Google now baby-steps away from eBay-like auction service

I was just reading Steve Bryant's Ten Possible Consequences of Google's GBuy and I couldn't help but wonder about his omission of the possibility that Google will use the core of the auction technology it has already developed to build its own eBay like auction marketplace for goods and services (non-advertising).  Think about it.

I was just reading Steve Bryant's Ten Possible Consequences of Google's GBuy and I couldn't help but wonder about his omission of the possibility that Google will use the core of the auction technology it has already developed to build its own eBay like auction marketplace for goods and services (non-advertising).  Think about it.  The building blocks are obviously in place and given Google's knack for surprise drama, how could such a service not be in the works? If you Google "Google auctions," you'll get a lot of hits.  But a lot of them discuss the way auctions work with Google's AdWords. Most of the other ones discuss Google's unorthodox initial public offering, which involved an auction.  But only a few hint at the idea that Google will or should take on eBay in the mainstream online auction space. 

Last October, blogger Aaron Wall speculated that a new Google facility going up in the Phoenix, AZ area might house the team that would bring Google Auctions to fruition.  The comments on the blog make it pretty clear that competition for eBay would be a good thing.  I have no idea where things ended up with that Phoenix facility (anbody?).  Then, there are the 448 people (as of the writing of this blog) that have signed an open on-line petition that asks Google to get into the auction game.  That's not as many petitioners as Al Gore is getting to run for president in 2008.  Google, by the way, is named in petitiononline.com's third largest petition, bearing the signature of more than 10,000 people. You'll never guess in a million years what it's for.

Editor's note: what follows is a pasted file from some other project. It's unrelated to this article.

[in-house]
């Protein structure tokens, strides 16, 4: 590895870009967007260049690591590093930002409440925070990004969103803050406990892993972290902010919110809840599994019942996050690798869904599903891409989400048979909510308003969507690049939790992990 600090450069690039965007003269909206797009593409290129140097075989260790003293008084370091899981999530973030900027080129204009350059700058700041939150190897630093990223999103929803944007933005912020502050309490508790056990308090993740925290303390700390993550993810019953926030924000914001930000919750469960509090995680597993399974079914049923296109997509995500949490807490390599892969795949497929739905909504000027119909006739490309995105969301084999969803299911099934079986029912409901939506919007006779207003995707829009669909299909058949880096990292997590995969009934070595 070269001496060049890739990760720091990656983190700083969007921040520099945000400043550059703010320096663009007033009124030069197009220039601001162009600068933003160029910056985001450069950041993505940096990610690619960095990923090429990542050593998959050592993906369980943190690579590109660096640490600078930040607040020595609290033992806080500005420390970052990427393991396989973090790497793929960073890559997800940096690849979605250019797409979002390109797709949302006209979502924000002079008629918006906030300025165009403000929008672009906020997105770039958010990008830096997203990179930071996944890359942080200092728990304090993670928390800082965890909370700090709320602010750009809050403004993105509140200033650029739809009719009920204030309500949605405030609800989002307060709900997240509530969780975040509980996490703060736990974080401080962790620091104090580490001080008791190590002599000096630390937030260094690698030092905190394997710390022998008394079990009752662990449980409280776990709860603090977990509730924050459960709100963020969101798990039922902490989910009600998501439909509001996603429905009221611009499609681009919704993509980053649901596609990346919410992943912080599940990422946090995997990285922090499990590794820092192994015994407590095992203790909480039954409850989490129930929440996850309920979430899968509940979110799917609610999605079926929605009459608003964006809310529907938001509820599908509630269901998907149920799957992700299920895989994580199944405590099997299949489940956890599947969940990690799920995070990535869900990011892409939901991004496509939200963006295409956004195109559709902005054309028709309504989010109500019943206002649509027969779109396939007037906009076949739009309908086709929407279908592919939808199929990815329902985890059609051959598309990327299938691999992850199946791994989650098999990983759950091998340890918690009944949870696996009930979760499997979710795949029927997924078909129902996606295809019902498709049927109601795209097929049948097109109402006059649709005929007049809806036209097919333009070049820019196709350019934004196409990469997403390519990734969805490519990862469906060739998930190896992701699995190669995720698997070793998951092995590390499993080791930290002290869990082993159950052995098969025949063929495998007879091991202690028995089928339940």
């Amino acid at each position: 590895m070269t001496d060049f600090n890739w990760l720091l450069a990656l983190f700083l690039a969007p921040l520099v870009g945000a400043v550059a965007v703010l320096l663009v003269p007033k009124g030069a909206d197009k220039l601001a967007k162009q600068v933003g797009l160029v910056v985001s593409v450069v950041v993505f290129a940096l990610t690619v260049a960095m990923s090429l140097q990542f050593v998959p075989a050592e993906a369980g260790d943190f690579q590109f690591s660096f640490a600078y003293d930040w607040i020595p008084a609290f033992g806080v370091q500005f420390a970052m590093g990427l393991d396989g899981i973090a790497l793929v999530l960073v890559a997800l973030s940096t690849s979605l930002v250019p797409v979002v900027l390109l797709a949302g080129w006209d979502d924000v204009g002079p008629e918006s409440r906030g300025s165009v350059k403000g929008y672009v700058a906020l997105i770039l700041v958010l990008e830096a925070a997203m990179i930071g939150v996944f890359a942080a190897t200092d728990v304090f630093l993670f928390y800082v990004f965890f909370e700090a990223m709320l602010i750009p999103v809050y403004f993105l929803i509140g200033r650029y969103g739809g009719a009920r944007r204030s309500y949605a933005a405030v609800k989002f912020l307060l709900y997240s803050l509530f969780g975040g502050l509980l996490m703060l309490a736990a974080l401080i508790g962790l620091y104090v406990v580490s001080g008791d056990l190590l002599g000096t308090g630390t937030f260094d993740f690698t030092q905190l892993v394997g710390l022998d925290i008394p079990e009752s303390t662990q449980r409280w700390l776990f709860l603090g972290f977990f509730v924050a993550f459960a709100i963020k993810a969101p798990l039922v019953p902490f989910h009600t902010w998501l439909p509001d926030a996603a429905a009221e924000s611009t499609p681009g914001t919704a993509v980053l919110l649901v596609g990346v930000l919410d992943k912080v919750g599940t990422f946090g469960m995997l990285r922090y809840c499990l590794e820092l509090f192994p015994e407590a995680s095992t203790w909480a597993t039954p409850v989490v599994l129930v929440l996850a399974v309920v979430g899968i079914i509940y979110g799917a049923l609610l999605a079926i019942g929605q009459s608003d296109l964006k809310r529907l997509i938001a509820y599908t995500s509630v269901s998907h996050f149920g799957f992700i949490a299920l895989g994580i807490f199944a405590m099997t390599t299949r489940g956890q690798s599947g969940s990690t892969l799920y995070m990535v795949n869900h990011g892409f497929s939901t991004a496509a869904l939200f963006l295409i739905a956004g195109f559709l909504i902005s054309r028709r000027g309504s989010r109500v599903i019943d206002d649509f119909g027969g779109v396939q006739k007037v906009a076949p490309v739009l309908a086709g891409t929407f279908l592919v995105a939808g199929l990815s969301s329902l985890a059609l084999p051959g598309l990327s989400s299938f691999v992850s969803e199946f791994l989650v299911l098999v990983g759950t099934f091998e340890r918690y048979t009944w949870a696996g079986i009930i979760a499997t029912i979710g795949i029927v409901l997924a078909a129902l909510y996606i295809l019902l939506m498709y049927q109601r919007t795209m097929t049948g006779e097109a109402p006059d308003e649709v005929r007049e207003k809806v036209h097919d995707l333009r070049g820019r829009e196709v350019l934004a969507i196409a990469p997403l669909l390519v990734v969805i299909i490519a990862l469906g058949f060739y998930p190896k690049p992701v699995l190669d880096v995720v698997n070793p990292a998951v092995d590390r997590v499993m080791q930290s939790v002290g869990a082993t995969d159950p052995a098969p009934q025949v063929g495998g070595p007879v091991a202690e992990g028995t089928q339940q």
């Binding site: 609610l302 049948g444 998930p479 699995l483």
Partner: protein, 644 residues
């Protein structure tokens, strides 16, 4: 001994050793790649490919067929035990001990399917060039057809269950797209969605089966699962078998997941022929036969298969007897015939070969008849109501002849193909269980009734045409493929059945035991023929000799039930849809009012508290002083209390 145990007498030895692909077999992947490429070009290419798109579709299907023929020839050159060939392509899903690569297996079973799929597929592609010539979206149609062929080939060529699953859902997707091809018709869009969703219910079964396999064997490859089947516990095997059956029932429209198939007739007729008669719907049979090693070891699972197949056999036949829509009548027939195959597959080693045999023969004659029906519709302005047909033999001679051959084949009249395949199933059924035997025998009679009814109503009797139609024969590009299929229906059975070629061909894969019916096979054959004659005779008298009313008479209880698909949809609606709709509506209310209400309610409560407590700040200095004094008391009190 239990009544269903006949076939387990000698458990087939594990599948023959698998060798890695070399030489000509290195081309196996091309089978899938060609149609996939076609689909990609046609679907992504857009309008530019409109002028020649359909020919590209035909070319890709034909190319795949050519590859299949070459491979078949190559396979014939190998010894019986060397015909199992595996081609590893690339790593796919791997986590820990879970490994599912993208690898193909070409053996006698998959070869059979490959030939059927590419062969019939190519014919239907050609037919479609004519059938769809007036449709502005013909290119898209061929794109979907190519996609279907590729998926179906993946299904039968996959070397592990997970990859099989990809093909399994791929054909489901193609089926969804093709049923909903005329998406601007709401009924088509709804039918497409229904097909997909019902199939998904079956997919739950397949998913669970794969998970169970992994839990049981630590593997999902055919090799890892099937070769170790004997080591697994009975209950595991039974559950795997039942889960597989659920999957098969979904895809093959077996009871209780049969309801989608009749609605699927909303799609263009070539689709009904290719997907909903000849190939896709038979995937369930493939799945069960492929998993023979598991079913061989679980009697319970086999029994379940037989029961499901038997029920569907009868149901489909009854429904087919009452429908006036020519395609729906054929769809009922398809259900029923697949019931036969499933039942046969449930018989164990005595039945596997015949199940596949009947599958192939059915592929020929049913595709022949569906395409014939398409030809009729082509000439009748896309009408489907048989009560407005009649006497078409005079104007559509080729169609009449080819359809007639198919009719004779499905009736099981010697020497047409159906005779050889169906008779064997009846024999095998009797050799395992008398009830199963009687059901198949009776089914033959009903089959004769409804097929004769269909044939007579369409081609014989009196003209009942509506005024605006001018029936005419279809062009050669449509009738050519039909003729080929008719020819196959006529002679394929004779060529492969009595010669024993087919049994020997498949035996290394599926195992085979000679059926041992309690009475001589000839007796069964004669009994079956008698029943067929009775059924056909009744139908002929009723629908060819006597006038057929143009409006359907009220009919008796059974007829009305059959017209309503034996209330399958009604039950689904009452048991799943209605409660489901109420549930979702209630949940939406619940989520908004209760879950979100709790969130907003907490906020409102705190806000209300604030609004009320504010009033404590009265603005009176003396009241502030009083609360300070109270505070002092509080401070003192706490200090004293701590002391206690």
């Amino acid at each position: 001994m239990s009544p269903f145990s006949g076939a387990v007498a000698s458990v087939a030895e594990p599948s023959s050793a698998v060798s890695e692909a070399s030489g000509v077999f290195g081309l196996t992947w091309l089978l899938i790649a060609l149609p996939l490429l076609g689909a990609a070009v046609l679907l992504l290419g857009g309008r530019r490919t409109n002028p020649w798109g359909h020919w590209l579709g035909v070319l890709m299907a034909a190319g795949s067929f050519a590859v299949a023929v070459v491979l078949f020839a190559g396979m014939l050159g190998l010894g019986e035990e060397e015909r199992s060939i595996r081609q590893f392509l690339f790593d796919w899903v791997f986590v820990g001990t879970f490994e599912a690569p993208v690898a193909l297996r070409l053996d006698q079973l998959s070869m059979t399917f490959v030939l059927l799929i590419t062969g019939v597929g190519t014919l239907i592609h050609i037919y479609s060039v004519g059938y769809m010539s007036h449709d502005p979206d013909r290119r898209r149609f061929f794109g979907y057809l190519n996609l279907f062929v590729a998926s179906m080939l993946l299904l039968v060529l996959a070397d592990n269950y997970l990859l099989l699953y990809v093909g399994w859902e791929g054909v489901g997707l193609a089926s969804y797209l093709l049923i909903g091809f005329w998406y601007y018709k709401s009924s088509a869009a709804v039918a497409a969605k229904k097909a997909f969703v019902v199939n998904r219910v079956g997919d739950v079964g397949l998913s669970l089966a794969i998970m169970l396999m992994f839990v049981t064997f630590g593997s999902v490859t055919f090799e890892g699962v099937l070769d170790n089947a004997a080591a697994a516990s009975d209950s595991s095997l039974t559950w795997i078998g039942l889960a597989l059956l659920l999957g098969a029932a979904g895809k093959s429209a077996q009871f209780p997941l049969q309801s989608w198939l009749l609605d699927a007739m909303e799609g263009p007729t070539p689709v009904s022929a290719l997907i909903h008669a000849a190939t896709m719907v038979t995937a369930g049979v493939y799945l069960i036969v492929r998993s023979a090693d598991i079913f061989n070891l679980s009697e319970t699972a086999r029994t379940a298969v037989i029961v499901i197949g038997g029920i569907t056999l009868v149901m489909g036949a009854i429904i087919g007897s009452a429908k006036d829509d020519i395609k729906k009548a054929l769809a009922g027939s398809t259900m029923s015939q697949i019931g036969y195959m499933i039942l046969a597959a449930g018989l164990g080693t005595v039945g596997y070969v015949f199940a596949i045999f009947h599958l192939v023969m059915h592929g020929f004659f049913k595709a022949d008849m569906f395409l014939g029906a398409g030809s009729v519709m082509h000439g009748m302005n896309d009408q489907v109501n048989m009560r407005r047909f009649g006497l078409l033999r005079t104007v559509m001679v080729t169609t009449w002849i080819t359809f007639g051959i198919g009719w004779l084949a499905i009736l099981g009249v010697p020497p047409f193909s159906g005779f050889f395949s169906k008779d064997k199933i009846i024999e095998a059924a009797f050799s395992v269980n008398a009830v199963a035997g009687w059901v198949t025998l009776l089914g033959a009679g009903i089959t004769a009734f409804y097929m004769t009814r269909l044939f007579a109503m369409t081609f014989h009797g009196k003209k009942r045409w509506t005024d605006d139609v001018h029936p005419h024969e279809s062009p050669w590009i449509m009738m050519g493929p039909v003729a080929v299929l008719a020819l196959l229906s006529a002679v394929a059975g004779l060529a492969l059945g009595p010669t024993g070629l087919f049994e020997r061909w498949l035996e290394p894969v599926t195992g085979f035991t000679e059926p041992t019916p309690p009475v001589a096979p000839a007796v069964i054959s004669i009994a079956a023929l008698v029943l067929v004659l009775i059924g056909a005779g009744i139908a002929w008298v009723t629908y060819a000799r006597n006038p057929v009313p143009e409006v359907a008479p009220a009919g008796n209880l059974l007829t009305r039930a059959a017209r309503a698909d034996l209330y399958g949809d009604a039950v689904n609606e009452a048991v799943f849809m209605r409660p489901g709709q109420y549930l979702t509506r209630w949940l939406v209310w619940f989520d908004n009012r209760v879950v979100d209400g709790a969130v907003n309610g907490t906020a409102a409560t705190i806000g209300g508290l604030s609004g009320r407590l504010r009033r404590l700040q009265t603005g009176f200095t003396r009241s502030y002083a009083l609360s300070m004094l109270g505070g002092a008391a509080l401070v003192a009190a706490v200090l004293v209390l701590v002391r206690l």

Personally, I think some competition for eBay would be welcome.  I use eBay and there are few things it does that drive me nuts.  For example, on an eBay search results page, I often see an extraordinary price for some audio gear that would nicely complement my collection of podcasting gear.  But when I click through on certain items, the current prices for them are very different (and much higher) than what's displayed on the search results page.  It's clear from the bidding history that the higher price was set long before I did the search. This happens quite often and it's a productivity killer since I wouldn't waste my time clicking through to certain listings if the search results showed me the actual current price.